Hollywood's price for success: the mind

George Bell looks at the mental health impact cinema can have on actors.

George Bell
16th March 2020
Image:IMDB
In my previous article, I started talking about how working in Hollywood can negatively impact a person in terms of their physical health. However, the film industry is as much a battle of the mind as it is of the body, sometimes more so. How extreme can film making influence mental health?

Becoming the star of a blockbuster Hollywood film is great until it isn’t. You get thrust into the spotlight suddenly, under the scrutiny of many, so that social pressure to keep up an appearance is sure to be immense. A prime example of this is numerous actors from the Star Wars series, mostly due to how die-hard the fanbase is, to the point where the stars were harassed and bullied online. Jake Lloyd, who played a young Anakin Skywalker in Star Wars – Episode I: The Phantom Menace, decided to quit acting entirely after the role due to the bullying he received. In an interview Lloyd stated that kids would “make lightsabre noises every time they saw me” and in general just be mean towards him so it’s definitely easy to sympathize with what he went to. And it’s not like he gave a bad performance, just did exactly what he was told to by George Lucas but as the movie wasn’t critically well-received it seems that Lloyd took a lot of the fan backlash.

Lloyd is just one example of the negative impact working in Hollywood can have on kids. Others include Macaulay Culkin and Lindsay Lohan who both were thrust into stardom early on with break out roles in Home Alone and The Parent Trap respectively. Soon after, due to various reasons, likely the pressure of the world watching them, caused them to turn to drugs and alcohol. A great example of this can be seen in 2019s Honey Boy, a Shia LeBeouf biopic which a highly recommend watching.

Lindsey Lohan's struggles with drugs & alcohol were well documented during her teenage years. Image:IMDB

Kids aren’t the only ones affected though, and in the same theme of Star Wars the voice behind the infamous Jar Jar Binks, Ahmed Best also received a huge amount of abuse for his performance as the clumsy Gungan. The backlash he received was insane with the actor even receiving death threats from “fans”. It got so bad one point that the actor was considering taking his own life. This alone shows how insane Hollywood can get. And if you think that because this happened over 10 years ago its old news, I’m afraid you’d be wrong.

You don’t even need to move out of the Star Wars universe to see a more modern example of this with Kelly Marie Tran in Star Wars: The Last Jedi. Similar to Jar Jar in Phantom Menace, a lot of fans took their hatred of the film, which many didn’t like (myself not included), out on the character of Rose who was a newcomer to the series. She was harassed for months because of her performance, to the point where she removed all her posts from Instagram, and naturally, the hate must have had a severe impact on her health. And if not to make things worse it seems Disney took the side of the fans and reducing Tran’s role significantly in the sequel so she practically became a background character. And this is just Star Wars, thanks to the age of social media it’s becoming easier and easier to harass actors and actresses, especially when they are in more prominent films.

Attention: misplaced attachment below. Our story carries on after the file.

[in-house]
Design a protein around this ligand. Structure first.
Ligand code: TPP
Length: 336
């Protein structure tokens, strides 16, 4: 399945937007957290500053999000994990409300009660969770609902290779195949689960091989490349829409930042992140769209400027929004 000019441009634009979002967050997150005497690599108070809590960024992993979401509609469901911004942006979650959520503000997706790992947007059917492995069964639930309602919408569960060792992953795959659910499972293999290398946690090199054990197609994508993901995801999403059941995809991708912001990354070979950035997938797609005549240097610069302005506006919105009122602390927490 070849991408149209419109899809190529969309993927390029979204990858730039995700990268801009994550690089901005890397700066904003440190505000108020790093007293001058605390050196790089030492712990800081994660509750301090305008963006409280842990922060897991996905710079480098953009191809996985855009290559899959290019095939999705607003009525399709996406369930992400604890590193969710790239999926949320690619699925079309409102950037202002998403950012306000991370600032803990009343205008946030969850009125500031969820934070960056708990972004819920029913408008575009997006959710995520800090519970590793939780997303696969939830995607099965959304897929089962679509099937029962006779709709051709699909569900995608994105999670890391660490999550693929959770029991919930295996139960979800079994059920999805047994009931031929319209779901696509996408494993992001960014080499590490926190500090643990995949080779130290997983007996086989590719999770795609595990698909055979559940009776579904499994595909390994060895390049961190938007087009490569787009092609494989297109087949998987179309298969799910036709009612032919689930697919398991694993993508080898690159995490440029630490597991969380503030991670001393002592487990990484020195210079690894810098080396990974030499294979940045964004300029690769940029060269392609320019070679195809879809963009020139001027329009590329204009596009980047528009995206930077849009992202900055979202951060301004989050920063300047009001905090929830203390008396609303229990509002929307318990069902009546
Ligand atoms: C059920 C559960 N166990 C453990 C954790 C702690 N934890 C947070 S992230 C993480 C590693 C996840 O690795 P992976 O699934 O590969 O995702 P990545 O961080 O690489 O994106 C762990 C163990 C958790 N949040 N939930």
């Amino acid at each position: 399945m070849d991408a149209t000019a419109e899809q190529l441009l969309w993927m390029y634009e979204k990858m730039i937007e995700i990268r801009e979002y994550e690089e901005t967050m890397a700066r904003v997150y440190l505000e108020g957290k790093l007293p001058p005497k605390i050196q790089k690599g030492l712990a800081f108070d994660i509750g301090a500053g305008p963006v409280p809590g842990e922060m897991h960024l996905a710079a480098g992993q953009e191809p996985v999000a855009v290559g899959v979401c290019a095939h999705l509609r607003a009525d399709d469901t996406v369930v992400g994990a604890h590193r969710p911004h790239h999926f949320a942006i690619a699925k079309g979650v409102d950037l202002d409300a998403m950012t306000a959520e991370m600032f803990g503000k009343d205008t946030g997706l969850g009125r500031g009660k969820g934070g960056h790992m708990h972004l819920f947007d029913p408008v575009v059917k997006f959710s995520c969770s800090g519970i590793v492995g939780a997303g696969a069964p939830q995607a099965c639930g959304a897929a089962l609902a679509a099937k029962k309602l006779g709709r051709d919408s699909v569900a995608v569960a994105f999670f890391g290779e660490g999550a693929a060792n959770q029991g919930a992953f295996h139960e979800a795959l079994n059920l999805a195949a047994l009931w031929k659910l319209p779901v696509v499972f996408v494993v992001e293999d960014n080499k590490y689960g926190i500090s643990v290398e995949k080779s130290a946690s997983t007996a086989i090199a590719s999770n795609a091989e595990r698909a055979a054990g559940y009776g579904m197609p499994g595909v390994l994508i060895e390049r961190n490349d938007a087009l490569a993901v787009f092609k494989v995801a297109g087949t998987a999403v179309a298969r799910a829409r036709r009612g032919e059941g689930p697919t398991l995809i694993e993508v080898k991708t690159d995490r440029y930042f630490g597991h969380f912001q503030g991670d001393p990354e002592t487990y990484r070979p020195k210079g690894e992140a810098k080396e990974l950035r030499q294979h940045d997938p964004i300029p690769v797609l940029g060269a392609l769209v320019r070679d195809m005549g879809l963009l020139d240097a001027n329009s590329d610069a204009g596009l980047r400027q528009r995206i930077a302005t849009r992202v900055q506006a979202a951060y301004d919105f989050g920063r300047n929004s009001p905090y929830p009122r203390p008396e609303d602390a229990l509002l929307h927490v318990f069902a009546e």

But the repercussions of a bad film aren’t the only way those in the film industry can suffer, there are significant challenges to face during production as well. Be it a stressful schedule like Peter Jackson and The Hobbit Trilogy or horrible work experiences as a result of bad crew members.

Shelley Duvall's experience on The Shining (1980) was so bad that she gave up acting. Image:IMDB

A prominent example of the latter is Shelley Duvall in The Shining (1980) who suffered greatly while working under director Stanley Kubrick. To say they had a bad relationship on screen is an understatement especially when combined with the perfectionism Kubrick had with all his films. He got Duvall to “cry 12 hours a day, all day long, the last nine months straight, five or six days a week” and Kubrick constantly diminished Duvall’s acting performance during filming. This was a clear sign of bullying as Jack Nicholson, who played opposite Duvall, has in the past drawn attention to the double standards Kubrick had with him and his co-star as while Nicholson was treated with respect, he was always critical of Duvall.

The abuse of Kubrick can be seen clearly in the infamous baseball-bat scene, which was done in 127 takes (the most takes ever with spoken dialogue), where Shelly has to defend herself against Nicholson’s character as he becomes more deranged. Shelly would be in tears between takes and the final shot Kubrick settled on, the distress was actually real. It's hard to argue with how talented Stanley Kubrick was with the numerous movies he has released but his methods were brutal and caused a serious trauma to those who worked with him, Shelly Duvall being at the forefront. To this day it is clear that Duvall still suffers from the effects of working with the director.

We previously covered Kubrick's demanding work habits which can be found here.

So, it’s clear Hollywood isn’t what many people paint it to be. As with any career, it has its downsides for both physical and mental health. Yes, it’s a great job to have but there are definite risks that should be taken into account. And Hollywood needs to take into account the health and well being of those apart of its industry.

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AUTHOR: George Bell
One half film addict, one part computer nerd. All parts Croc lover

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